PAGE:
Lionsgate // 2009 // 87 Minutes // Rated R
Reviewed by Judge Brett Cullum // October 6th, 2009
The gates of hell are open in China!
The Ghost House Underground line of DVDs are a collection of titles chosen by director Sam Raimi and horror producer Rob Tapert (they both started off with cult horror classic The Evil Dead) that are launching in October of 2009 with eight titles. They represent undiscovered gems of the independent horror world, and each one seems to be above the norm for low budget horror. Seventh Moon is a production headed up by one of the directors of The Blair Witch Project, Eduardo Sánchez. It retains the shaky cam made popular by that faux documentary, but it is scripted and has a more linear plot. Seventh Moon is a zombie film from China that actually works quite well given the independent film roots. It's a surprisingly effective spook house ride that works its own brand of Asian horror on DVD.
An American couple take their honeymoon in China. You see it's the groom's homeland (Tim Chiou, L.A. Proper), although he grew up in America mainly speaking English. His wife (Amy Smart, Crank) is just along to meet the ancestors. One night their tour guide (Dennis Chan, Knock Off) mysteriously strands them in a field near a very creepy cemetery adjacent to a village, with ritualistic sacrifices littering the ground. Soon the couple tries to flee, but a car accident where they hit a man stops them. The hurt Chinese villager barely croaks out "They're coming! They're here!" and soon everybody is attacked by creepy white Asian zombies. And so begins a bizarre chase as a pair of Americans have to fight their way across the Chinese countryside while being pursued by something evil that wants to eat them.
Seventh Moon is a horror film that has a lot going for it. It is tense, well acted, and the monsters are flawless. This film knows how to work a monster or zombie, and it's amazing to witness how inventively it uses them as an integral part of the story. The creatures in Seventh Moon are creepy Morlock types that should have been what Will Smith faced down in I Am Legend. They work so well because they are hardly ever seen in close-up focus. We only get them slapped up against a car window, or creeping through brush lit from behind. They are what makes Asian horror so unique: practical effects rather than CGI that look otherworldly all the same. I dare you to watch the very last scene and then tell me any computer could ever generate something so truly frightening.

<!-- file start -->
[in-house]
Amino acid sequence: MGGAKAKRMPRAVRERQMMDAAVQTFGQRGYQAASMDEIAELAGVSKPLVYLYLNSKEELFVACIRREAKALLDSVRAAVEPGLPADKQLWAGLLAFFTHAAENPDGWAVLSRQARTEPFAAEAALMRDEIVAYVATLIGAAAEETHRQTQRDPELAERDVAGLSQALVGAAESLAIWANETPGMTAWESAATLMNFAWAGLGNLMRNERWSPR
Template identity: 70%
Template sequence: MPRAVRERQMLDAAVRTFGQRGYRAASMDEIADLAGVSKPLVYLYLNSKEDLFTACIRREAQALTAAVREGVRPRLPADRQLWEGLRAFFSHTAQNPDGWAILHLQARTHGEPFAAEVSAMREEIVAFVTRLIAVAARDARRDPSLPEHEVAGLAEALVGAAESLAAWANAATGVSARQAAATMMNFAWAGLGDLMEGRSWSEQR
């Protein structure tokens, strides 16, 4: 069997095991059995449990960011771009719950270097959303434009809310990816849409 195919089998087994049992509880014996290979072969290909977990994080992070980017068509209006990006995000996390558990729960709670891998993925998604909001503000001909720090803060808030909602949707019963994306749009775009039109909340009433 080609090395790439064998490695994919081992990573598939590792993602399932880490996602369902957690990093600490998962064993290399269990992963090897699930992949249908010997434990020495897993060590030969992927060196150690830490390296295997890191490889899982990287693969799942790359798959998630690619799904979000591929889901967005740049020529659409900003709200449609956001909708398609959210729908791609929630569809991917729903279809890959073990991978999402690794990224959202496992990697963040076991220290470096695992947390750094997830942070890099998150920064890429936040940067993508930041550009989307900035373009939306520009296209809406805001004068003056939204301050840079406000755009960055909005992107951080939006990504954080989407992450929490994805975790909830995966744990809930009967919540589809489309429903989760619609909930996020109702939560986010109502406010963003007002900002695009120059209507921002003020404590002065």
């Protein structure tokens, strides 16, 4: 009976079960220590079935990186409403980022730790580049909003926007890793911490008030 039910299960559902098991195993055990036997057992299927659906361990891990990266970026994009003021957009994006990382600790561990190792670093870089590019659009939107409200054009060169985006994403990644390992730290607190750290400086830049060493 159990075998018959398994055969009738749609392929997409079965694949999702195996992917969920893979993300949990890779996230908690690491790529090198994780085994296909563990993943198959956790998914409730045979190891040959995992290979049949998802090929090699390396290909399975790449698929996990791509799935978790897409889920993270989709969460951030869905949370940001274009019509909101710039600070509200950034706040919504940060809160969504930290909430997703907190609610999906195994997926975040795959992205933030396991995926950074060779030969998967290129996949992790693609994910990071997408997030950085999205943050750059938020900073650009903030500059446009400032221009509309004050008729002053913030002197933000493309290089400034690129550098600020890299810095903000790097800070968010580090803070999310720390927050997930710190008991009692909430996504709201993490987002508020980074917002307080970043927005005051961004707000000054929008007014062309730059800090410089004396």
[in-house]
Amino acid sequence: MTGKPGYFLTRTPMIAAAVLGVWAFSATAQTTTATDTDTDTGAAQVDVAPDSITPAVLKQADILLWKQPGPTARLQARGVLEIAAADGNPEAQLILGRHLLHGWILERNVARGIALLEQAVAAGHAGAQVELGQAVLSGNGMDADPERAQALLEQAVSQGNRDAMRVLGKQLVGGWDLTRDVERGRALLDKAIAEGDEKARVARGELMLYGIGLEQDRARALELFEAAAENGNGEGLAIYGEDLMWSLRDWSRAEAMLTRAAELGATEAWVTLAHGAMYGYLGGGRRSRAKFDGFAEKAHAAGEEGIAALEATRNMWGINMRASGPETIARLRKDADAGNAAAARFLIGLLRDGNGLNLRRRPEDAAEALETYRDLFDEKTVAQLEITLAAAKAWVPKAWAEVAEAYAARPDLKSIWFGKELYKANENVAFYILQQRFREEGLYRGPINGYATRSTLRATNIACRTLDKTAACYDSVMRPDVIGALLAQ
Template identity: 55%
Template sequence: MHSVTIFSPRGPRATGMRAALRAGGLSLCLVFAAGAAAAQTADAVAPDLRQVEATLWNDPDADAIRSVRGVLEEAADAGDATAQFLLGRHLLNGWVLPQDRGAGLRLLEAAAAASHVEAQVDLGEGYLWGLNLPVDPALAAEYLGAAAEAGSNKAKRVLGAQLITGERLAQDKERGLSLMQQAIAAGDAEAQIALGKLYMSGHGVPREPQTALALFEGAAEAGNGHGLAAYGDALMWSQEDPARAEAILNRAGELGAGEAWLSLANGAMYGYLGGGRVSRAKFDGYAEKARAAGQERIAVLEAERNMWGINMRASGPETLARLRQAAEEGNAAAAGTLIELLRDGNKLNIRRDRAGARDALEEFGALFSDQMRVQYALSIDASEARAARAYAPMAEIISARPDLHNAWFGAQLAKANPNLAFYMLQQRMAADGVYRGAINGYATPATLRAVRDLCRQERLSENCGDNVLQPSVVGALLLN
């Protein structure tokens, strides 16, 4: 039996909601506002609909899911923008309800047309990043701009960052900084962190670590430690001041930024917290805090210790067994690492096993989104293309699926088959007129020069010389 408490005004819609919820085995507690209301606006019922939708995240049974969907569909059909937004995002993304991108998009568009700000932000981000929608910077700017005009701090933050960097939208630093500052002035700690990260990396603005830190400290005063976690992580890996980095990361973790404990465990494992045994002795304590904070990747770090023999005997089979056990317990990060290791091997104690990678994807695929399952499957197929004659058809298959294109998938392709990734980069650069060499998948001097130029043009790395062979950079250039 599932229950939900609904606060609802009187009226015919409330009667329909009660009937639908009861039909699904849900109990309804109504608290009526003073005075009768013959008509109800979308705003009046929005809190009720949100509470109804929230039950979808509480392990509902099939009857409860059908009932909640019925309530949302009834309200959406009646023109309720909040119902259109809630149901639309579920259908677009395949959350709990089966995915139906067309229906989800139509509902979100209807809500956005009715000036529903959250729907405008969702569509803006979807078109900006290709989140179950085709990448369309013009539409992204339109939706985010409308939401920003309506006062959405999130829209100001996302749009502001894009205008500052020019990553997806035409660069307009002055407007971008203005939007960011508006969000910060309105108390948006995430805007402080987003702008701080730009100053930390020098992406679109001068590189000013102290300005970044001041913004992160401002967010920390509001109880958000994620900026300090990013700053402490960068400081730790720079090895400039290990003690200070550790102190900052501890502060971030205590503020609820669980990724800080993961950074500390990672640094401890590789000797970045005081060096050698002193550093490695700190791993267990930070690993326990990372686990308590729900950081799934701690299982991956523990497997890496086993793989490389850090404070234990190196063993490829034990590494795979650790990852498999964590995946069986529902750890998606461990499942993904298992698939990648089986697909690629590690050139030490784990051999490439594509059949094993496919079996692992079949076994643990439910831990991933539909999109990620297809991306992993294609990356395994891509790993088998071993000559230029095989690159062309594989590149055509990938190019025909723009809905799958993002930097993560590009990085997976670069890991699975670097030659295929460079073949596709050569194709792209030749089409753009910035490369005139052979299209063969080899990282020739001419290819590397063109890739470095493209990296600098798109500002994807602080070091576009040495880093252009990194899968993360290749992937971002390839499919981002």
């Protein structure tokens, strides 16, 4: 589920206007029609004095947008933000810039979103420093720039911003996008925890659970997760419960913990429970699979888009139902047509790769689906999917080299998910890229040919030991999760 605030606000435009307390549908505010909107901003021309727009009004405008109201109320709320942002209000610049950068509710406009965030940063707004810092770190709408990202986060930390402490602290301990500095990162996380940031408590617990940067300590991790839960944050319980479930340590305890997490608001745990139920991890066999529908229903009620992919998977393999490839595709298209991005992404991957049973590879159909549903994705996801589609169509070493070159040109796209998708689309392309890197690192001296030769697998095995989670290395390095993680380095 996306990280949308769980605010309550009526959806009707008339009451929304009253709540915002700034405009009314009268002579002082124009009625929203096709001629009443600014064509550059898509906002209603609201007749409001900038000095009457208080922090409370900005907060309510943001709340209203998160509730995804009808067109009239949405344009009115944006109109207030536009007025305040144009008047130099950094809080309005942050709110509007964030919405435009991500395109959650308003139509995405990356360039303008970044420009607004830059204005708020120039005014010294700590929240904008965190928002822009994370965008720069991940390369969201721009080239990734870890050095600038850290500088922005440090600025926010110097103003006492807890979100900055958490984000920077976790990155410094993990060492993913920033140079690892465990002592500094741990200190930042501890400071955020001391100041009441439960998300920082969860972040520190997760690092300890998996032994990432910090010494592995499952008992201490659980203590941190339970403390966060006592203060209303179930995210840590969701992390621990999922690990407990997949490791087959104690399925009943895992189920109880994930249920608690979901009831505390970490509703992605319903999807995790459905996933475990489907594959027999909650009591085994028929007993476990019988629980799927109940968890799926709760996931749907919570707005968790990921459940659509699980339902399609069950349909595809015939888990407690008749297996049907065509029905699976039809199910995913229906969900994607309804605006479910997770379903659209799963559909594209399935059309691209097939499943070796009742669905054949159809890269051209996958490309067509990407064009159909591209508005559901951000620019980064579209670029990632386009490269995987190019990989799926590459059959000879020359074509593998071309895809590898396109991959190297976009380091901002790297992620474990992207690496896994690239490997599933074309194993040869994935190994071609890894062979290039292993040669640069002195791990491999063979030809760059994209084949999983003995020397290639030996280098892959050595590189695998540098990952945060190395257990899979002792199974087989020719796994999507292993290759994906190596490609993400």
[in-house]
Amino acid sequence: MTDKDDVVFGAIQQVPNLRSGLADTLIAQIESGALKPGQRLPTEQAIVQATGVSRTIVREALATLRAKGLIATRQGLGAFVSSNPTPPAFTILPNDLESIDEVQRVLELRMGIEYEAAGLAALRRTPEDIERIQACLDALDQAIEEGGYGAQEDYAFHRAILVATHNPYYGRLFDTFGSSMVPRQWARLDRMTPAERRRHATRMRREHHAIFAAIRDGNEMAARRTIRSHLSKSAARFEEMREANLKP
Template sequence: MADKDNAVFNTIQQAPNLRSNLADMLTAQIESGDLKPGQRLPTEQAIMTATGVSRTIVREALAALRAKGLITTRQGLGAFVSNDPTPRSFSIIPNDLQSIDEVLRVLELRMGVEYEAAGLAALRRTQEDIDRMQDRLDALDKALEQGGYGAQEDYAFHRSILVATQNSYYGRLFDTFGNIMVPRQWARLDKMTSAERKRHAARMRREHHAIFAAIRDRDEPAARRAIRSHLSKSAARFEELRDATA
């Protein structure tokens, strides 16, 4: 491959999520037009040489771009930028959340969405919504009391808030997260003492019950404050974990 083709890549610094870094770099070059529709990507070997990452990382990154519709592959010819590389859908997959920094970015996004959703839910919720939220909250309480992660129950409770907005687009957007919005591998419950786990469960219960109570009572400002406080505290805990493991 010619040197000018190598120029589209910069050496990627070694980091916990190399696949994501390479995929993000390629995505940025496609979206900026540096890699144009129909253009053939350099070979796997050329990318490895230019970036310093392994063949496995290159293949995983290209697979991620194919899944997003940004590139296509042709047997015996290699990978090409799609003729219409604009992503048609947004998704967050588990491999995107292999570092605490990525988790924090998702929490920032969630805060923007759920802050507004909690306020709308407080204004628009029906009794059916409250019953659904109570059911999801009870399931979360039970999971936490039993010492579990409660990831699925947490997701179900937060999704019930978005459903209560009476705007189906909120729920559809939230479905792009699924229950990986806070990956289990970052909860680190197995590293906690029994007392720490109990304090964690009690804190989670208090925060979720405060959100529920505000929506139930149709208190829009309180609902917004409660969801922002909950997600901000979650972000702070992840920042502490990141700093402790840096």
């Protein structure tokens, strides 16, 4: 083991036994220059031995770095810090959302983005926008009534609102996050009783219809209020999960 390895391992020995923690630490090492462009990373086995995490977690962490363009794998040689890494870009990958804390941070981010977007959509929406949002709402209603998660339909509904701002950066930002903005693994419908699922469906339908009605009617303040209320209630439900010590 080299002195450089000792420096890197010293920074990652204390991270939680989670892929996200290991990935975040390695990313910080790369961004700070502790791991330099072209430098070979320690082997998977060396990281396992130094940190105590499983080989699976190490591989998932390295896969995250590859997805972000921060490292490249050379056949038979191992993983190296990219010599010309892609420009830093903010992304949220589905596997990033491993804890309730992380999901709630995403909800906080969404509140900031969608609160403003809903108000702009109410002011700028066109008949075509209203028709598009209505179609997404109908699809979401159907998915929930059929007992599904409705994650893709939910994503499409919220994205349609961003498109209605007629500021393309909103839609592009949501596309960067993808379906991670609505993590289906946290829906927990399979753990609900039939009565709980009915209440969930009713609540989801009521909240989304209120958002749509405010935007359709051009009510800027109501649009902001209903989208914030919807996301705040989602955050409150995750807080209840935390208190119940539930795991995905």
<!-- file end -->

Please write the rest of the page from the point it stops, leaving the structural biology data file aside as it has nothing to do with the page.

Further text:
Kudos to the script for allowing our lead couple to be smart rather than your average silly horror heroes. They make decisions I could see coming to myself if I was trapped in a similar scenario. There's a language barrier, and zombies are coming after you. These two actually fight back; even the blonde girl is allowed to scrap her way through this rather than just scream and cower. These aren't your typical horny teens who get picked off all too easily. It's remarkable to have only two people carry a horror film, and it makes the tension unbearable as we actually care what happens every step of the way.
The DVD is nicely appointed with a thoughtful transfer and well executed extras. They made this release a Blu-Ray title as well as a DVD, but I suspect the regular disc's transfer is about on par with the high definition version. The shaky cam doesn't allow for too much clarity, so what are you really expecting? It's sometimes blurry and hard to see on purpose. Otherwise color and black levels are great, and the surround sound adds to the effect. For extras we get a very insightful commentary track which finds the director and his lead actress talking through the film. Also included are three featurettes which explore the production behind the scenes, the making of the ghost zombies, and a look at Chinese myths that became the basis for this script. Each one is well produced, and together they offer insight in to the process and source material for the tale.
Will somebody please buy Eduardo Sánchez a tripod? "Shaky cam" works well for creating tension, but it also makes me want to reach for an Advil. If you found Cloverfield or Quarantine nauseating, get ready to take it all to a whole new level. This is camcorder shaky at its worst! I have to give them props for style, but man does it get annoying.
This title is definitely worth your time seeking out, and I'm excited to see what else the series Ghost House Underground will unleash for us. Seventh Moon is a great little horror movie with a twist on the idea of China as a spooky threat to Americans. This is perfect Halloween viewing, or any other night you want a spooky zombie tale to go along with your takeout order of Moo Goo Gai Pan and Egg Fu Yung. Just make sure the delivery guy isn't pasty, white, and out to eat you.
Guilty of being an inventive horror flick that reimagines the Asian ghost
genre one more time.
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Scales of Justice
* 1.78:1 Anamorphic
* Dolby Digital 5.1 Surround (English)
Running Time: 87 Minutes
Release Year: 2009
MPAA Rating: Rated R
* Ghost House Underground